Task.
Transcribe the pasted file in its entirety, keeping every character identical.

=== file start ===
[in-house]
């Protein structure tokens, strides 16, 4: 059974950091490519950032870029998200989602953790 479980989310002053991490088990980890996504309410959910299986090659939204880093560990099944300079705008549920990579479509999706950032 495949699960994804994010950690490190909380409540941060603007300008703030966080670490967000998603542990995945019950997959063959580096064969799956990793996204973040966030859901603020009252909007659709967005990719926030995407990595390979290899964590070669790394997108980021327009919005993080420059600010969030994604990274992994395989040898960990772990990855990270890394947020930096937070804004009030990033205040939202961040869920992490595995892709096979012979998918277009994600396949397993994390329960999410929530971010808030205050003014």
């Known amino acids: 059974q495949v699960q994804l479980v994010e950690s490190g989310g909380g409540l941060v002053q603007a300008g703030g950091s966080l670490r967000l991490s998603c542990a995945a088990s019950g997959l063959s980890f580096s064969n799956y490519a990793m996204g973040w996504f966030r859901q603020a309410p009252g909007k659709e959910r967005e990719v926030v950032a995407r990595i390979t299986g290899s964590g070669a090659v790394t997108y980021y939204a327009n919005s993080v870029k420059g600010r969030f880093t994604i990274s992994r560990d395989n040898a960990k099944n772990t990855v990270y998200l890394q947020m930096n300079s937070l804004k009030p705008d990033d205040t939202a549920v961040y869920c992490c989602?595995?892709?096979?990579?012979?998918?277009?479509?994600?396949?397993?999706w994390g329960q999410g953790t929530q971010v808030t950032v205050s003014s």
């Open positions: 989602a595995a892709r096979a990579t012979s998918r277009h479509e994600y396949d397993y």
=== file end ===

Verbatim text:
[in-house]
């Protein structure tokens, strides 16, 4: 059974950091490519950032870029998200989602953790 479980989310002053991490088990980890996504309410959910299986090659939204880093560990099944300079705008549920990579479509999706950032 495949699960994804994010950690490190909380409540941060603007300008703030966080670490967000998603542990995945019950997959063959580096064969799956990793996204973040966030859901603020009252909007659709967005990719926030995407990595390979290899964590070669790394997108980021327009919005993080420059600010969030994604990274992994395989040898960990772990990855990270890394947020930096937070804004009030990033205040939202961040869920992490595995892709096979012979998918277009994600396949397993994390329960999410929530971010808030205050003014």
């Known amino acids: 059974q495949v699960q994804l479980v994010e950690s490190g989310g909380g409540l941060v002053q603007a300008g703030g950091s966080l670490r967000l991490s998603c542990a995945a088990s019950g997959l063959s980890f580096s064969n799956y490519a990793m996204g973040w996504f966030r859901q603020a309410p009252g909007k659709e959910r967005e990719v926030v950032a995407r990595i390979t299986g290899s964590g070669a090659v790394t997108y980021y939204a327009n919005s993080v870029k420059g600010r969030f880093t994604i990274s992994r560990d395989n040898a960990k099944n772990t990855v990270y998200l890394q947020m930096n300079s937070l804004k009030p705008d990033d205040t939202a549920v961040y869920c992490c989602?595995?892709?096979?990579?012979?998918?277009?479509?994600?396949?397993?999706w994390g329960q999410g953790t929530q971010v808030t950032v205050s003014s």
């Open positions: 989602a595995a892709r096979a990579t012979s998918r277009h479509e994600y396949d397993y």